4. Separate the decision from the person
When we are asked to do something, it’s easy to confuse the request with our relationship with the person asking. Saying no to a request isn’t saying no to the person. It’s not easy, but try to separate the decision of yes/no from the person – it can help you make a clearer choice. Just as they have a right to ask you to do something, you have a right to refuse the request! You are not rejecting them, just refusing a request.
So how do you say no gracefully? Some top tips for saying no
1. Don’t apologise. It’s fairly common to start out saying ‘I’m sorry, but…’ as we think it sounds more polite. Whilst being polite is important when saying no, apologising sounds rather weak. You have nothing to apologise about guarding your time and looking after your business.
2. Remember that a clear ‘no’ can be more graceful – and helpful! – than a vague or noncommittal ‘yes’. A slow no can kill relationships and indeed a business.
3. Keep your response simple. If you want to say no, say it firmly, clearly and quickly. But remember that saying no with grace doesn’t mean you actually have to use the word ‘no’. Whilst a direct no can sometimes be the right answer, when it isn’t (or you want to feel more comfortable) you can say something like:
‘I’m really grateful for you asking me but right now isn’t a good time for me.’
‘This is something that I’d love to do, but right now I really need to focus on completing my business plan/marketing plan/getting ready for a conference.’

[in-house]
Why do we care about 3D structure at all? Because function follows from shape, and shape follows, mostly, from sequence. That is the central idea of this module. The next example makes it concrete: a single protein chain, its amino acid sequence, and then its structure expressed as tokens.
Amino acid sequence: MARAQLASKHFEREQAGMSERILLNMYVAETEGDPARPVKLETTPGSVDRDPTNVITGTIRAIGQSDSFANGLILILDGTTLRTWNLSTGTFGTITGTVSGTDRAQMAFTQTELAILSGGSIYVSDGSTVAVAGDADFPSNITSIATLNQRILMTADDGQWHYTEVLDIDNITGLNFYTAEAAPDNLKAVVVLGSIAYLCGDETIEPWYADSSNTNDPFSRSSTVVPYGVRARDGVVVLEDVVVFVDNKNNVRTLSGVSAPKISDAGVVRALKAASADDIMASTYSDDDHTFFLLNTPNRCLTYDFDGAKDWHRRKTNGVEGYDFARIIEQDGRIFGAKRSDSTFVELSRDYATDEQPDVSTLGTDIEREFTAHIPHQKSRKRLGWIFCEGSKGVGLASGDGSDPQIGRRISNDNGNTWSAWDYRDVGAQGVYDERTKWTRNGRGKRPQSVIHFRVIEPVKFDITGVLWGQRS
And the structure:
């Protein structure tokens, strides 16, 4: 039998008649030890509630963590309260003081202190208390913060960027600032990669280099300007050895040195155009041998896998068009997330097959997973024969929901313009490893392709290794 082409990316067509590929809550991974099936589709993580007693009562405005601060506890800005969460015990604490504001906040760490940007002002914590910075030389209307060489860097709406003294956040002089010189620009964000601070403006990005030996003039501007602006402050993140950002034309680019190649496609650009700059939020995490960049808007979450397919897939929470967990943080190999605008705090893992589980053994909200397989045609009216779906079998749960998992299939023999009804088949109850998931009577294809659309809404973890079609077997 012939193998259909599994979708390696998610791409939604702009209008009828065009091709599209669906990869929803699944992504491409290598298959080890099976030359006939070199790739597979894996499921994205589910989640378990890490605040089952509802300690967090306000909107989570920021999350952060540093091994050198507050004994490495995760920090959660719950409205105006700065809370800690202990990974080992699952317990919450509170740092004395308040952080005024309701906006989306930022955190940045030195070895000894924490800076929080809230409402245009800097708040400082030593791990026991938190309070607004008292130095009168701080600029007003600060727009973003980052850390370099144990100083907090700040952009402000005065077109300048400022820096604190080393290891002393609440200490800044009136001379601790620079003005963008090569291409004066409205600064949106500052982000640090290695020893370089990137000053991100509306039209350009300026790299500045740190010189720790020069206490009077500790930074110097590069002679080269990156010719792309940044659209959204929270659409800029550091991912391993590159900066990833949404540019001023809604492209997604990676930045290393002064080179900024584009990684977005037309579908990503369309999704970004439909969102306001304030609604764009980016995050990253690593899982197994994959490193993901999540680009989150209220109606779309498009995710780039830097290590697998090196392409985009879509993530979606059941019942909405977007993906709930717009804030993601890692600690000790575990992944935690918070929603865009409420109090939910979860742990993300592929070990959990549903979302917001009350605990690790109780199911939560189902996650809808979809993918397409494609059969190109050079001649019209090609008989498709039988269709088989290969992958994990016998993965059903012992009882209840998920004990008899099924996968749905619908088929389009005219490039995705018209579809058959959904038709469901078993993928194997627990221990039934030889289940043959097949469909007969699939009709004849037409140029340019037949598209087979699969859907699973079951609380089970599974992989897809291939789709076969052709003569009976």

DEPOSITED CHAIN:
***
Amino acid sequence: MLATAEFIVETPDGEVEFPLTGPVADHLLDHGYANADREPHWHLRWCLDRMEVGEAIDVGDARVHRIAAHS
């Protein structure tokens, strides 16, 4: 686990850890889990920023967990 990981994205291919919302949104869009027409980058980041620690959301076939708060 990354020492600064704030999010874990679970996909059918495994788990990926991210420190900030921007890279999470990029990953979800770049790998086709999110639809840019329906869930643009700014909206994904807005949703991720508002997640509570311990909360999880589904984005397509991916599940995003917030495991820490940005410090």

‘Thanks so much for asking me but I’m afraid it’s not convenient right now.’
And remember you don’t have to give a reason for saying no!
4. Buy yourself some time by saying something like ‘I’ll get back to you’, especially useful when you are caught off guard with a request. Then take time to think through the request. If you’d like to keep the option open, you could say:
‘Sounds great but I just don’t have the time just now. Perhaps you could check back with me in a couple of months?’
When the person does get back in touch you might then have time to fulfil their request.
5. If you really want to agree to the request but simply don’t have the resources to help just now, is there a compromise available? Can you suggest someone else, reduce the time requirement, change the timeframe? But please avoid offering a compromise solution if every bone in your body is screaming no to the request in the first place!
6. It can be easier to pre-empt requests than to say no to them after you have been asked! For example, if you suspect that requests on your time are likely to be made in an upcoming meeting, just say to everyone when you come into the meeting:
‘Just to let you know that this week and next are fully booked with some urgent projects, so I won’t be able to take on any new work.’
Whilst it’s always important to be polite – there is rarely ever a reason to be discourteous – saying yes all the time only hurts you. Establish your time boundaries early on in business – show everyone that your precious time is well guarded by being firm and turning down as many requests (that are not on your top priority list) as possible. And do not under any circumstances feel guilty about it!
Saying no isn’t easy at first, but once you master saying no gracefully, you’ll find you are soon laser focused on the things that really matter to you and make the difference to your business.
Finally, remember that success in business is as much what you say no to as to what you say yes to. Just ask legendary billionaire investor Warren Buffet who says:
“The difference between successful people and really successful people is that really successful people say no to almost everything.”